NIHR Maudsley BRC Blog

Our latest news & events

Lithium in drinking water linked with lower suicide rates

Naturally occurring lithium in public drinking water may have an anti-suicidal effect – according to a new study from Brighton and Sussex Medical School (BSMS) and the Institute of Psychiatry, Psychology & Neuroscience at King’s College London. Published in the British Journal of Psychiatry, the study collated research from around the world and found that geographical areas with relatively high levels or concentration of lithium in public drinking water had correspondingly lower suicide rates.

By NIHR Maudsley BRC at 27 Jul 2020

Can wearables like Fitbit devices be used to help detect COVID-19?

The COVID-Collab (https://covid-collab.org) research team at King’s College London have launched a free mobile app [Android] [iOS] which will allow scientists to investigate the use of wearable devices and smartphones for digital detection of COVID-19, to understand how it spreads and how the pandemic affects people's mental and physical health.

By NIHR Maudsley BRC at 24 Jul 2020

Genes related to inflammation and stress may help tailor treatments for depression

New research led by King’s College London has found that measuring levels of inflammation and stress-response in the blood may provide useful information to show which patients with depression will or will not respond to treatment with antidepressants.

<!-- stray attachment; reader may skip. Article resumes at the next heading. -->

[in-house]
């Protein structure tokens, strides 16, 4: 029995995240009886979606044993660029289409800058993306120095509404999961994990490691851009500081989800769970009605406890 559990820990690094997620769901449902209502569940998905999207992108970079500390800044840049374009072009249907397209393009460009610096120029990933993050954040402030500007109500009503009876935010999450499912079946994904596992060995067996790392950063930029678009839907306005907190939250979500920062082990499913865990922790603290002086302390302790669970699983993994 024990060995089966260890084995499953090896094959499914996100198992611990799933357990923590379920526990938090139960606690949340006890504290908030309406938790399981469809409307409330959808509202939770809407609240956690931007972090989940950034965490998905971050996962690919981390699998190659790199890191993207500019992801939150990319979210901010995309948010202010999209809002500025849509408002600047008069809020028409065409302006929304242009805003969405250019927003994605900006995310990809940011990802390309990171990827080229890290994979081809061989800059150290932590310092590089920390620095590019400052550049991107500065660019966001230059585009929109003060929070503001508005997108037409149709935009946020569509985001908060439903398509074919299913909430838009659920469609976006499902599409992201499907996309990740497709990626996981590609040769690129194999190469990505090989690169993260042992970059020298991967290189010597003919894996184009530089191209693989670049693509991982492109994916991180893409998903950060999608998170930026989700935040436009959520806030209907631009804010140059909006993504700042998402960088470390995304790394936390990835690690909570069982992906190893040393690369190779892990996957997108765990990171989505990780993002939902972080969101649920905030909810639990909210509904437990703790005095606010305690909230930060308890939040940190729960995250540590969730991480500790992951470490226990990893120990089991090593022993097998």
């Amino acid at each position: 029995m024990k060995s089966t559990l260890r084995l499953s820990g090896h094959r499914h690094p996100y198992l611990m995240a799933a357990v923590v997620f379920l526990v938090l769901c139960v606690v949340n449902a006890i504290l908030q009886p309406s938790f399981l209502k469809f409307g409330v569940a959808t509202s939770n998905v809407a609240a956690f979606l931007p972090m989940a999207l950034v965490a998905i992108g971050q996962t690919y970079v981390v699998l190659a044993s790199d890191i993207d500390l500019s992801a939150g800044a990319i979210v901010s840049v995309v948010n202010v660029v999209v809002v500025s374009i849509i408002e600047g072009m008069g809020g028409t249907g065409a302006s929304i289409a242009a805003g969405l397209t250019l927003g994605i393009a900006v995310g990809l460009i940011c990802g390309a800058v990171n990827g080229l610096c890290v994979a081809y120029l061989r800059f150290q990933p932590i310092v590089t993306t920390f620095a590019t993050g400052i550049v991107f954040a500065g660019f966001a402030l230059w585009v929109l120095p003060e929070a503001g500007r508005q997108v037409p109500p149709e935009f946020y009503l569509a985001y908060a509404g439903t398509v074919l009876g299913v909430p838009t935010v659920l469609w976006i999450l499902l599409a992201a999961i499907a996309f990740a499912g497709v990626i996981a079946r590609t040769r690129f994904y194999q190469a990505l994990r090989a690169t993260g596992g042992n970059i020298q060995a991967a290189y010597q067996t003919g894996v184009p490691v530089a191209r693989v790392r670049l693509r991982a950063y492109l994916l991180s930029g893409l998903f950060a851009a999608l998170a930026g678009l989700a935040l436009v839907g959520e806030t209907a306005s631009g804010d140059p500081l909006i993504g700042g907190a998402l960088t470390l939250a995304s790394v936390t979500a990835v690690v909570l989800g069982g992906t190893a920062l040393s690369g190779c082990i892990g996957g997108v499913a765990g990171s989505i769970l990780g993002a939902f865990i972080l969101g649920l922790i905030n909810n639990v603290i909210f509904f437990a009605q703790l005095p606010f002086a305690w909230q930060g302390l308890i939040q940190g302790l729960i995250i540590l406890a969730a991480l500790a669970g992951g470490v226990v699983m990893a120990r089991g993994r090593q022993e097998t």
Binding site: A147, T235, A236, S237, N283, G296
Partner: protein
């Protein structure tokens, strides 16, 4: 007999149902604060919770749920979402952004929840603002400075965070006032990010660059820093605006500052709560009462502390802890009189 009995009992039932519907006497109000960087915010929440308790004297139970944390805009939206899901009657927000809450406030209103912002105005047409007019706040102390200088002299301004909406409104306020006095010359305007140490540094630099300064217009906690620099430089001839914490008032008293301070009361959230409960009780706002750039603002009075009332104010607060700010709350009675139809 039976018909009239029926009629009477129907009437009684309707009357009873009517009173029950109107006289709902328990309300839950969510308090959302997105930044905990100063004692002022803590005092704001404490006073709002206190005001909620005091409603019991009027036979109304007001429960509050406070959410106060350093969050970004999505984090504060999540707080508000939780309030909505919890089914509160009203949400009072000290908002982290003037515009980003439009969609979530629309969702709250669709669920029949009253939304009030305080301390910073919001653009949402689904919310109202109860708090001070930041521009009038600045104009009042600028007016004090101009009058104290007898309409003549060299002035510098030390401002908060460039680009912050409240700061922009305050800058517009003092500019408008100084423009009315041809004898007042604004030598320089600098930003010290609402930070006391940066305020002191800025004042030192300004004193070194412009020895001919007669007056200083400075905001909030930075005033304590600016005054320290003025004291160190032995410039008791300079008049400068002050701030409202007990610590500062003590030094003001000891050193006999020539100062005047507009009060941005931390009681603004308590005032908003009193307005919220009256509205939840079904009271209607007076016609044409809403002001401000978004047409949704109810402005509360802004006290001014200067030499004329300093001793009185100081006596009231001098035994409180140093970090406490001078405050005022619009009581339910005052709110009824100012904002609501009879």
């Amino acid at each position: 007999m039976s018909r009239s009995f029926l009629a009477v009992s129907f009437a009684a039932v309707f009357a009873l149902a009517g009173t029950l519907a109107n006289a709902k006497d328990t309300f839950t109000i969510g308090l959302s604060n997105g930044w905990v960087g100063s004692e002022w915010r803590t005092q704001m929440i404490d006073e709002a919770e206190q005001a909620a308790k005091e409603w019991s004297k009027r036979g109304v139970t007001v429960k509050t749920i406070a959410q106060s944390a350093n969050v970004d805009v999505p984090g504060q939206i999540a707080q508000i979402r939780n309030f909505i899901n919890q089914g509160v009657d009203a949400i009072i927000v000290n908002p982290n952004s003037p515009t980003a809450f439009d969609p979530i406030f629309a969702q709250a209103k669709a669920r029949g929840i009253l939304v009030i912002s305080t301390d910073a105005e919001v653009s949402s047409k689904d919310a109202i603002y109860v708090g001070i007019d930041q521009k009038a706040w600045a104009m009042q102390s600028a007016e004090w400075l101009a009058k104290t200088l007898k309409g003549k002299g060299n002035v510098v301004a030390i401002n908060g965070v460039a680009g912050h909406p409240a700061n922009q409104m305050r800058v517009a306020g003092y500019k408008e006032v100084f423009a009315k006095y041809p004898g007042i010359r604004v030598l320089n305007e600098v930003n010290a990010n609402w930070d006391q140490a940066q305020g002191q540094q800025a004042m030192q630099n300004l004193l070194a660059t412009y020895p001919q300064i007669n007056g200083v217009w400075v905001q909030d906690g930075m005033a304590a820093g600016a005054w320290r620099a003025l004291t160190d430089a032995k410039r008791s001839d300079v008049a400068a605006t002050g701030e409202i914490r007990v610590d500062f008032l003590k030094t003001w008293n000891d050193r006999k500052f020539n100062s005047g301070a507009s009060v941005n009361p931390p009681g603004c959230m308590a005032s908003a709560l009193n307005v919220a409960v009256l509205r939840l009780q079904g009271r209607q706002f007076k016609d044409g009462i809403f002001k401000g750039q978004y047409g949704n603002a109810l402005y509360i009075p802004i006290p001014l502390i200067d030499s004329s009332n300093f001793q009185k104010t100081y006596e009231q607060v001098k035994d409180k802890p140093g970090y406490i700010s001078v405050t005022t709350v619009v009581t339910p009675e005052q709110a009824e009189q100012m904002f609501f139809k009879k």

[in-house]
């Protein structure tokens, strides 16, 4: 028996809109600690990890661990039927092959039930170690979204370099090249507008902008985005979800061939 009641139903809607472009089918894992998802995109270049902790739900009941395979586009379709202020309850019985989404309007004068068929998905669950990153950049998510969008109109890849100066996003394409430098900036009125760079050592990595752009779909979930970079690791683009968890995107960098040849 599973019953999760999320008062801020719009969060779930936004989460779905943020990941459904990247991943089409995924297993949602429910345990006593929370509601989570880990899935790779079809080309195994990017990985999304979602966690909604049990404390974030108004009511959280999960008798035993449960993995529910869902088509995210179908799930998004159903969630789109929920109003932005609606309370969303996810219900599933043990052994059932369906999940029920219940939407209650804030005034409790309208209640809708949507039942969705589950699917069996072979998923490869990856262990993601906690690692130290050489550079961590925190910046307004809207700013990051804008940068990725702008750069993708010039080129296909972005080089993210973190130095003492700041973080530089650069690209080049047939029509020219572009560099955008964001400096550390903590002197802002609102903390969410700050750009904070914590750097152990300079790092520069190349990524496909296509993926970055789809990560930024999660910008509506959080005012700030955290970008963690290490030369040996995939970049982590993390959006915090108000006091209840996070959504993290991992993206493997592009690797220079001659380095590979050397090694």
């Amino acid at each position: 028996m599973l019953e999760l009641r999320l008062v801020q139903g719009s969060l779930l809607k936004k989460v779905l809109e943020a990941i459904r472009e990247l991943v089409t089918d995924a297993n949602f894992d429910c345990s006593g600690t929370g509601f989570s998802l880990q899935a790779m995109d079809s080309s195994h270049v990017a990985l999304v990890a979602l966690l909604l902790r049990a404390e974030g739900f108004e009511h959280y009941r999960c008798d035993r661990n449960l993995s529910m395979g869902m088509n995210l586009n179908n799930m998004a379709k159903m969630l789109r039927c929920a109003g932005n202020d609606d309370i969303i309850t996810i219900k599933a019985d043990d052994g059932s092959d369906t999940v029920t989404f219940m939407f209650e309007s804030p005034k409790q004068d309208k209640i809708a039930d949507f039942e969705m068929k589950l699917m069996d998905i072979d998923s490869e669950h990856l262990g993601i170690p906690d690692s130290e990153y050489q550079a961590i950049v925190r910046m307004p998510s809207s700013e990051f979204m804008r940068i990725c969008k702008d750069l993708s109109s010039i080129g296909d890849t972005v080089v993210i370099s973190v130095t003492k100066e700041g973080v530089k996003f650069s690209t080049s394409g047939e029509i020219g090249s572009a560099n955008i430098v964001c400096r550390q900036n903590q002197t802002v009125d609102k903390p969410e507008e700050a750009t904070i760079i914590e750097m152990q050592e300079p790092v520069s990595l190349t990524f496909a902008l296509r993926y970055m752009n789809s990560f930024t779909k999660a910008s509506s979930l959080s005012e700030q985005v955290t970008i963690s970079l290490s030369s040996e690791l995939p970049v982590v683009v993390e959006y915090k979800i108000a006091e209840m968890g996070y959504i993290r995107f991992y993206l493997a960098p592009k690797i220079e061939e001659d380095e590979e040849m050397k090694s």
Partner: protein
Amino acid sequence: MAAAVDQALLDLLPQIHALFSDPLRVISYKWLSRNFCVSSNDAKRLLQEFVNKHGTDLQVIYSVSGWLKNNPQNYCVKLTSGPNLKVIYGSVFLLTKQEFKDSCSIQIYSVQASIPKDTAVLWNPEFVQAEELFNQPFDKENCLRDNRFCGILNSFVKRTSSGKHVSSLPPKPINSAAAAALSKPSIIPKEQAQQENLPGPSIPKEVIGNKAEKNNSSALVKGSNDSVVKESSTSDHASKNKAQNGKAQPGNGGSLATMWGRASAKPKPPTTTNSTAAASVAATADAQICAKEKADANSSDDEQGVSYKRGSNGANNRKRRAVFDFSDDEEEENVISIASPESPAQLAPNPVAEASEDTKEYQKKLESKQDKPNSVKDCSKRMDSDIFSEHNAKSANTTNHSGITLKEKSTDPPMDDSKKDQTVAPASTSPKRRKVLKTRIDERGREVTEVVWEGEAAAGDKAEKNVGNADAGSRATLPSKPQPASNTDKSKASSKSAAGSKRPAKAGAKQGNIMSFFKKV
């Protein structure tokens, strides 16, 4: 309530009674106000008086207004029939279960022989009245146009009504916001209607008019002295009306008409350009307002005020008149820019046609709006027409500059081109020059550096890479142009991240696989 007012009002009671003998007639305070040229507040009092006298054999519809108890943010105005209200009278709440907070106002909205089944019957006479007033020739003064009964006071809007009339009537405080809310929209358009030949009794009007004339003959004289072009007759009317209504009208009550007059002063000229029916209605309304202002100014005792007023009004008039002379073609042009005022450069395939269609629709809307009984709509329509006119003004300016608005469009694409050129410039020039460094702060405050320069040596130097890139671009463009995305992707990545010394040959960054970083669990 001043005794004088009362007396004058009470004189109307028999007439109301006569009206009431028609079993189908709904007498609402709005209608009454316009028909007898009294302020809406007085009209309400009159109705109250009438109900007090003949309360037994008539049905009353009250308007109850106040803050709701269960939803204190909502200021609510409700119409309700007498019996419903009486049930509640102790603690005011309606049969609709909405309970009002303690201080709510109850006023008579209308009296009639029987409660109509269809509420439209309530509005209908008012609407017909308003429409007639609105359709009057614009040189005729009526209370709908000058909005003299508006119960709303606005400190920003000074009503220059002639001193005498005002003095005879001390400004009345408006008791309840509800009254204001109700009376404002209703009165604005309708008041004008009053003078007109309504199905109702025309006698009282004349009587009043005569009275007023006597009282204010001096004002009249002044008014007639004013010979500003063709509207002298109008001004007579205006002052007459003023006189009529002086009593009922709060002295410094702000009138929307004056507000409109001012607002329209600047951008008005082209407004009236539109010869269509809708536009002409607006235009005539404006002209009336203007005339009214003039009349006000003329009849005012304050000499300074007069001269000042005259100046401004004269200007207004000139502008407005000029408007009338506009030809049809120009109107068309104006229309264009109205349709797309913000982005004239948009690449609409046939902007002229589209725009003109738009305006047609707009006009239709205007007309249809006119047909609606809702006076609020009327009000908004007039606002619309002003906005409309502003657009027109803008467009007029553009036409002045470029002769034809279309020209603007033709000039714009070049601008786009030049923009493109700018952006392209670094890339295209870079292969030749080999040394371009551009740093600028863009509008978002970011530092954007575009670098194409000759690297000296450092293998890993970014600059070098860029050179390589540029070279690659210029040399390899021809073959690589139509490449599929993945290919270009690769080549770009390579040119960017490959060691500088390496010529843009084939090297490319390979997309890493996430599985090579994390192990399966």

By NIHR Maudsley BRC at 23 Jul 2020

Data linkages animation explores the evolution of healthcare records in research

A new three-minute animation aimed at the public explains how the use of health records for research purposes has evolved over time. The CRIS team, mental health service users, and researchers involved in data linkage projects have created an accessible video to help explain the technical process of ‘Data Linkage’ to the general public.

 

By NIHR Maudsley BRC at 22 Jul 2020

Study estimates impact of COVID-19 pandemic on UK mental health after first month of lockdown

Mental health declined substantially after the first month of COVID-19 lockdown, a survey of UK households published today in The Lancet Psychiatry journal suggests.

By NIHR Maudsley BRC at 21 Jul 2020